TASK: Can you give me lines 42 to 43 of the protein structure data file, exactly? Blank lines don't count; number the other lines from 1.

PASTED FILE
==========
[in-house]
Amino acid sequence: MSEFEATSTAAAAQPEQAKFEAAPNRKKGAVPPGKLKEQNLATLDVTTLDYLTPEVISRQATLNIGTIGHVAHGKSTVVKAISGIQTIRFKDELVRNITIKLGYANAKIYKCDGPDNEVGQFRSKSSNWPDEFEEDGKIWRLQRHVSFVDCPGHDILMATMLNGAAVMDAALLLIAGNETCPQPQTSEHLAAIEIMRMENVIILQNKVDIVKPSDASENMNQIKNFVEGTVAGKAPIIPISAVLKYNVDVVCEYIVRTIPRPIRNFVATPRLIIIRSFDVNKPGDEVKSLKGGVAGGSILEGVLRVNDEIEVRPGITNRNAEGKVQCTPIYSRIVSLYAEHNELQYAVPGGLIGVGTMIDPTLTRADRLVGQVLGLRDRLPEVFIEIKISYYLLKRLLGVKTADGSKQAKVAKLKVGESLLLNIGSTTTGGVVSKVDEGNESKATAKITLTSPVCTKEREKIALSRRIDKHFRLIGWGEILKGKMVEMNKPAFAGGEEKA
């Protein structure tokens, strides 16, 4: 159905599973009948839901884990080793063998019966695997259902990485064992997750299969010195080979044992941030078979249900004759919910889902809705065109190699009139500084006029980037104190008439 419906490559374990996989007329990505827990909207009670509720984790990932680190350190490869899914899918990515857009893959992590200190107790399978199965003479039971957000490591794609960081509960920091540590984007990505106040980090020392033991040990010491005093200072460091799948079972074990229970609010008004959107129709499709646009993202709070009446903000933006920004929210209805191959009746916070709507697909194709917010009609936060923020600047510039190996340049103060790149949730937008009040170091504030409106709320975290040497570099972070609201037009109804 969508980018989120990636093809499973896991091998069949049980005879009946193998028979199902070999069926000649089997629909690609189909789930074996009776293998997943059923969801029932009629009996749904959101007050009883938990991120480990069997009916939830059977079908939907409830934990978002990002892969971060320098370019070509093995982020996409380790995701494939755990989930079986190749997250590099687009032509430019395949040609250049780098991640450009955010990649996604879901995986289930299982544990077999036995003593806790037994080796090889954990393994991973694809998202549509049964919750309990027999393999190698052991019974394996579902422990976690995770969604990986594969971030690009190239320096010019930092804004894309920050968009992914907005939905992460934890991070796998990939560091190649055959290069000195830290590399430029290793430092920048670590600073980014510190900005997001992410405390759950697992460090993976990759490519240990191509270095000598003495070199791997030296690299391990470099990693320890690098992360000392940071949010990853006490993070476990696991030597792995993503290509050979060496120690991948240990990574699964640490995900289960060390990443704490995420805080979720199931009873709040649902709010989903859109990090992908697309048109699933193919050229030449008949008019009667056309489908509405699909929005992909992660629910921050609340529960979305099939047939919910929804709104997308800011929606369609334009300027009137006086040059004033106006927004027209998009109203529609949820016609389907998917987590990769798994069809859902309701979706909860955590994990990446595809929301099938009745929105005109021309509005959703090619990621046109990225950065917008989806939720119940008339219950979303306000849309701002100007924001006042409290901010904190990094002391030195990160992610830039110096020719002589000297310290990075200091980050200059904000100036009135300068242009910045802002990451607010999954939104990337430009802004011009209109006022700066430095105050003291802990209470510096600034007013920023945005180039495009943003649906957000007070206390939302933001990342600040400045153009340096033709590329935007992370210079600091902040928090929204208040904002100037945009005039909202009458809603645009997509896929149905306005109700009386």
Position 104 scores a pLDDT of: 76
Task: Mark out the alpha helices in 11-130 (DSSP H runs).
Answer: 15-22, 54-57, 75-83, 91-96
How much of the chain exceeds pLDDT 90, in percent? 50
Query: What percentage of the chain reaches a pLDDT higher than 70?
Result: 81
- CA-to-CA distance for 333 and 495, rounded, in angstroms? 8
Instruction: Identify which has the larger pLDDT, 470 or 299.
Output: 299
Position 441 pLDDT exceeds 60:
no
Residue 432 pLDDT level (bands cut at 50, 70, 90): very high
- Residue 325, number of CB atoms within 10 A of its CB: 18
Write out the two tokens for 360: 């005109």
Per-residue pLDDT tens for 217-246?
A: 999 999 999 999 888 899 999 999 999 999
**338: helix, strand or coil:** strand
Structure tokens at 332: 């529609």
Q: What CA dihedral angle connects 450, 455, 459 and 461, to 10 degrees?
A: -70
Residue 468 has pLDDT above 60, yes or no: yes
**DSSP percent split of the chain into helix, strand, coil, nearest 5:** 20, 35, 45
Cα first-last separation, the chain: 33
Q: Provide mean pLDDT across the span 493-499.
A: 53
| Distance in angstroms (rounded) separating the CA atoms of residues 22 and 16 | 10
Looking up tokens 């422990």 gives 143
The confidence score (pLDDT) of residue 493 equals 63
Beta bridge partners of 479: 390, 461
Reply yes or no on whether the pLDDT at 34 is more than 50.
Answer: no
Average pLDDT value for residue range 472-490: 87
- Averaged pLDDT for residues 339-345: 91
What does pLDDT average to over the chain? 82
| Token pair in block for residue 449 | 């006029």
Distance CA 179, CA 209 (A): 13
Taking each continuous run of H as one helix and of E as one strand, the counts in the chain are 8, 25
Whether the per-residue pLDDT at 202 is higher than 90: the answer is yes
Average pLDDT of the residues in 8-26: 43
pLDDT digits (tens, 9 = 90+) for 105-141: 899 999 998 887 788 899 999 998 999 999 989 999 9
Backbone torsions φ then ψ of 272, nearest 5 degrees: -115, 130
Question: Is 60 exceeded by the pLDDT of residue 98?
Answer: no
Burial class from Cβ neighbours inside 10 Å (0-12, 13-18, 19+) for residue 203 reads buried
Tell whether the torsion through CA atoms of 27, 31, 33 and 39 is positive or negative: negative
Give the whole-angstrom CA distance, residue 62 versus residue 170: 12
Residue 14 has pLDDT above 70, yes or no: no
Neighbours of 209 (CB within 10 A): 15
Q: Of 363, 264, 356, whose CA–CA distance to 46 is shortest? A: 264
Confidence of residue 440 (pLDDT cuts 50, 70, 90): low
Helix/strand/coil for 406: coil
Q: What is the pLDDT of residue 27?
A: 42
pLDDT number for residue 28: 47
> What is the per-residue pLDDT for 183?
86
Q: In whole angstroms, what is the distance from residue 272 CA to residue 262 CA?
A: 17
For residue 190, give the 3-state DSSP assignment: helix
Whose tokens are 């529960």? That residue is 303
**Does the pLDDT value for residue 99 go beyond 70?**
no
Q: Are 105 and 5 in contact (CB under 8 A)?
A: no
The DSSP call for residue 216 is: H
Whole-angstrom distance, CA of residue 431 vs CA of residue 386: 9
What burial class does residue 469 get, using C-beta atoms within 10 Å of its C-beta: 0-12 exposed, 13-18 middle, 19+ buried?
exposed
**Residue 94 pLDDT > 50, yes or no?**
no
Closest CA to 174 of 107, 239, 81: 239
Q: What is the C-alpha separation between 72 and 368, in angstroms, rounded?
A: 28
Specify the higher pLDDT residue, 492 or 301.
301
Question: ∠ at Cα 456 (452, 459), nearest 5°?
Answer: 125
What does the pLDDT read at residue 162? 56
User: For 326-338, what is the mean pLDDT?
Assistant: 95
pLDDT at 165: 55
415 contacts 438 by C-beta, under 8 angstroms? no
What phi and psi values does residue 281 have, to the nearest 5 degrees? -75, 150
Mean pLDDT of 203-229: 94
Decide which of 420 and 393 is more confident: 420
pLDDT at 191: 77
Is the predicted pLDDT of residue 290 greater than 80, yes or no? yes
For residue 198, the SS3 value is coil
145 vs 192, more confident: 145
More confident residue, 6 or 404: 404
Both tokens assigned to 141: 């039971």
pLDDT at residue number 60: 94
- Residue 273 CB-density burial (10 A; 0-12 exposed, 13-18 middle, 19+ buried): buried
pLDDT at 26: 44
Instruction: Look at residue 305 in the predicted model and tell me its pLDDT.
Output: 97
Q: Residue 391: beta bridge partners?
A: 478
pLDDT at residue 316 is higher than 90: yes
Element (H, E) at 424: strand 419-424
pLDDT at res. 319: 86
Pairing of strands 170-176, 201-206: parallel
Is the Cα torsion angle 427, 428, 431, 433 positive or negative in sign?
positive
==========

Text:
Average pLDDT of the residues in 8-26: 43
pLDDT digits (tens, 9 = 90+) for 105-141: 899 999 998 887 788 899 999 998 999 999 989 999 9